Key tactics to cut through are to build your value proposition and brand identity, clearly articulate what you are offering, your unique selling proposition and don’t underestimate the power of research! Know your market, your competitors and the gaps you are filling to stand out from the crowd.
Now that you have your objectives sorted and your key messages aligned, it’s time to pitch your story and expertise to media.
3. Press Coverage and share of voice!
Chief among PR tactics is to generate media coverage. Media placement across your target publications (tier 1 mainline dailies and your industry verticals) is the most powerful way to reach your audience, influence attitudes and build credibility. Unlike advertising, PR coverage reads as factual news, positioning you and your brand as experts and industry thought leaders.
One of the main ways to determine PR success is tracking the number of media clippings that mention you, your brand or products/services. The more mentions and press coverage featured, the more successful you are at raising awareness, thought leadership and credibility for yourself and your business.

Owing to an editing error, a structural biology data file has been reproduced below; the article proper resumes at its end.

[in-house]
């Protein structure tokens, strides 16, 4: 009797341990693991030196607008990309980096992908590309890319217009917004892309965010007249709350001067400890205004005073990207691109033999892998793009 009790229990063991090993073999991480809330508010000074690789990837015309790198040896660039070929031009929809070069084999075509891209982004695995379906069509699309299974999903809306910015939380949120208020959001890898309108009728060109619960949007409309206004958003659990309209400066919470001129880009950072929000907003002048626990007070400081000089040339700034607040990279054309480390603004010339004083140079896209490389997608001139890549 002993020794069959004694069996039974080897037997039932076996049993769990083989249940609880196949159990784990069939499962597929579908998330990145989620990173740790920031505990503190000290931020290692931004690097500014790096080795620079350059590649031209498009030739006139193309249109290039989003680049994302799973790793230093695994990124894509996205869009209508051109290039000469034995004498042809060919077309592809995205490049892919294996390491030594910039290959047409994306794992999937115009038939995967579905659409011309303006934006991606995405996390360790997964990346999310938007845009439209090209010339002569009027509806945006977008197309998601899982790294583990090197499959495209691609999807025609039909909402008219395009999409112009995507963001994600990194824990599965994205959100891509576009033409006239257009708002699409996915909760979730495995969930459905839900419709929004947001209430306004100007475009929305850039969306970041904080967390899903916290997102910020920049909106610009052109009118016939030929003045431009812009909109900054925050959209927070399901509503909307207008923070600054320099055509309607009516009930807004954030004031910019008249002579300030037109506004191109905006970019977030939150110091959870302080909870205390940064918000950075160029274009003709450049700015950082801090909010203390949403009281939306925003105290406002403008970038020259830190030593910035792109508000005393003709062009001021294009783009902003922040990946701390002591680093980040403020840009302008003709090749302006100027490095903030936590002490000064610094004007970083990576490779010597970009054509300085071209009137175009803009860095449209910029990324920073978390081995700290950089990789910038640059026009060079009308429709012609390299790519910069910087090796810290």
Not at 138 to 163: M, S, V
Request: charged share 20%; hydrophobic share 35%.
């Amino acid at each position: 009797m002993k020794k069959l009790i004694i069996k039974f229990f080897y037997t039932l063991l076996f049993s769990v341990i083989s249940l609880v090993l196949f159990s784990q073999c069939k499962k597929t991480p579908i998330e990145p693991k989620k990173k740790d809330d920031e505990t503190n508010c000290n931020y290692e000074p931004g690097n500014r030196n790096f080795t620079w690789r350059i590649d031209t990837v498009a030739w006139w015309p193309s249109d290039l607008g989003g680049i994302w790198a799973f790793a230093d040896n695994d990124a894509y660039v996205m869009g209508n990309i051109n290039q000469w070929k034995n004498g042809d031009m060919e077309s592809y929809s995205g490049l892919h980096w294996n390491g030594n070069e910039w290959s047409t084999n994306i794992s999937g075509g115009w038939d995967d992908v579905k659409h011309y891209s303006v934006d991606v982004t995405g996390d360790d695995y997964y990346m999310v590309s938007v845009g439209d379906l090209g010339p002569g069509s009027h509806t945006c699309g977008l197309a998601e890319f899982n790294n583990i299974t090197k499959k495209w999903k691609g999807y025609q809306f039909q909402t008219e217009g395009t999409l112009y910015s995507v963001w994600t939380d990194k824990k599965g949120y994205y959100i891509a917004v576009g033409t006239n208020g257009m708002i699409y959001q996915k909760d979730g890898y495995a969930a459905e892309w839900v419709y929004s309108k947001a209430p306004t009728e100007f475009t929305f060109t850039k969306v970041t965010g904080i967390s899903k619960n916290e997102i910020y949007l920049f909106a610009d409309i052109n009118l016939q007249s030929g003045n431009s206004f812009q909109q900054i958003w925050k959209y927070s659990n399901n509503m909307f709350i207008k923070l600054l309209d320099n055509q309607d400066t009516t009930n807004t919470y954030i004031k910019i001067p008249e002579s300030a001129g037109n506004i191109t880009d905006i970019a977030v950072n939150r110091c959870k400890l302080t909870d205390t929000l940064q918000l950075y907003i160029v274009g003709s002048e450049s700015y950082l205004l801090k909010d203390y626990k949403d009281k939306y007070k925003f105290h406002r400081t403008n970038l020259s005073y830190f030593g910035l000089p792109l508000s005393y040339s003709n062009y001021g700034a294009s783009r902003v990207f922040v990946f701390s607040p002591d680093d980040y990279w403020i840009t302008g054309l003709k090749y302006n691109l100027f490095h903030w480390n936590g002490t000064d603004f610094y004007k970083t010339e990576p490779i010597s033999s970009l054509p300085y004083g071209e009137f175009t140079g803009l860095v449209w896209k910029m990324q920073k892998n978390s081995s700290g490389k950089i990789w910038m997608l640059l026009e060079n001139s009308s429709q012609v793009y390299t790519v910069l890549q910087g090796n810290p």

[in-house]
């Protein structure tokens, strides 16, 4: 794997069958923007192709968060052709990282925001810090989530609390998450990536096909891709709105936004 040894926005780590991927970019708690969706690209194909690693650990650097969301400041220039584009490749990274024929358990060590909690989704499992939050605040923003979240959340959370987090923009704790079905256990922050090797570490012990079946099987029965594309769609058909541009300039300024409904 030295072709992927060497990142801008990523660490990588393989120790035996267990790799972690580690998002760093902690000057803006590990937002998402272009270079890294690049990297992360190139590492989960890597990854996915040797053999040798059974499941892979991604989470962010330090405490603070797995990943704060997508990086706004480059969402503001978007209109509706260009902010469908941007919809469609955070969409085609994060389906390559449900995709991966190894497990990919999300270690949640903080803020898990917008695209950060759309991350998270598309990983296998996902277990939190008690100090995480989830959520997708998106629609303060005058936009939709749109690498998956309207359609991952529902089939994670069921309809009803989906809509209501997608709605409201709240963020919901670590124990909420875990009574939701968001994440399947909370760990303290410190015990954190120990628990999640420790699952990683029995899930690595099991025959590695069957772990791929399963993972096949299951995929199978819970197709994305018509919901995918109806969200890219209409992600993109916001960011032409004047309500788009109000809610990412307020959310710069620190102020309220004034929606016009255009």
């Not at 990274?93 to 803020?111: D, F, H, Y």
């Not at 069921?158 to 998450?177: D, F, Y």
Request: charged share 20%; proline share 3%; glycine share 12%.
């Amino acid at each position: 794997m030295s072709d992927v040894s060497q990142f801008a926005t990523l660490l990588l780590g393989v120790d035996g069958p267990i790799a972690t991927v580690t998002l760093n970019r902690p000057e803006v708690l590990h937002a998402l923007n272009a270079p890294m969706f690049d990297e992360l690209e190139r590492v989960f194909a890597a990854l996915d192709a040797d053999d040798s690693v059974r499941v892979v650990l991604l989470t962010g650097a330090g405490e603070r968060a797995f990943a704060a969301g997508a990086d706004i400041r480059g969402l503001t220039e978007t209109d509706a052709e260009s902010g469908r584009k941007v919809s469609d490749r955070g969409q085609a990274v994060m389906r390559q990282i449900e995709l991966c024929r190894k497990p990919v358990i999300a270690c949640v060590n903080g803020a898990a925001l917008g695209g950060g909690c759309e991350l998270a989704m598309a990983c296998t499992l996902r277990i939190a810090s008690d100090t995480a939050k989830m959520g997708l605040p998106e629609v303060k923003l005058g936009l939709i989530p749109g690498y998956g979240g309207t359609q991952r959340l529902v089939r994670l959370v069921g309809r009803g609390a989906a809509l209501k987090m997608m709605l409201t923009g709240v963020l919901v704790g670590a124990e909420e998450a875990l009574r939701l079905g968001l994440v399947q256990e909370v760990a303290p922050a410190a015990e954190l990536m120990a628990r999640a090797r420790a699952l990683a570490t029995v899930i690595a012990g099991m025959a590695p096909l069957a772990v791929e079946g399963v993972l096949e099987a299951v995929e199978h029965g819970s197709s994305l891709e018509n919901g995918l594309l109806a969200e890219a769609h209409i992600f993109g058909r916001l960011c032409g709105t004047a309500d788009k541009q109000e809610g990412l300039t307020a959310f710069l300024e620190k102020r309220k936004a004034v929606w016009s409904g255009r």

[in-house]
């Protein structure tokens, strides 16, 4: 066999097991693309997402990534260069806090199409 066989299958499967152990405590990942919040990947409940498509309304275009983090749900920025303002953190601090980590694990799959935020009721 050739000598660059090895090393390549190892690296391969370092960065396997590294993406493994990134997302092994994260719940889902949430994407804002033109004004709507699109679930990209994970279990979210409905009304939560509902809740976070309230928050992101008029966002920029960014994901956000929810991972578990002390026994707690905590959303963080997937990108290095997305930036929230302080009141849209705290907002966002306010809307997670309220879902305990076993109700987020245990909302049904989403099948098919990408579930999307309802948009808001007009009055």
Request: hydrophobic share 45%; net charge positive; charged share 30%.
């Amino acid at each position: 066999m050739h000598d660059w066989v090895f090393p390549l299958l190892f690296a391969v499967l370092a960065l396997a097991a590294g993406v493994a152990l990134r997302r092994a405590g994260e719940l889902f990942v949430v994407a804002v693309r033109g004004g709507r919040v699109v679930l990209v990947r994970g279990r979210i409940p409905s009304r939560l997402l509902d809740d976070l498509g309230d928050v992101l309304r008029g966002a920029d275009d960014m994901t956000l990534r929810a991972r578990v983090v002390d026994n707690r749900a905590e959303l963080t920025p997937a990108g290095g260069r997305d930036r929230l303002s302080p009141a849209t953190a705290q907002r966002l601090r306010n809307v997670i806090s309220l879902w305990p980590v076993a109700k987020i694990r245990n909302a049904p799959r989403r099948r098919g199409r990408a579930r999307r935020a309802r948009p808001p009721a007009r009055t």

PR is also a natural SEO booster!
Here’s a quick checklist to reference when analysing the quality of your coverage:
- Headline mentions
- 1 on 1 interviews, op-eds or journalist relationships built
- Key messages being implied
- Prominence of mention
- Take up and understanding of what’s different and/or new about your brand
- Photographic inclusion
- Quotes or client case studies utilised as a part of a bigger story
- Links back to your websites or social media pages (where editorial privilege allows)
Other ways to track and measure the success of your PR campaign include:
Media impressions, audience reach and PR Value!
Achieving press coverage is great! But making sure you’re reaching the right audience is vital. Be it a mainline daily or an industry vertical, calculating the number of impressions and audience reach is another form of measurement.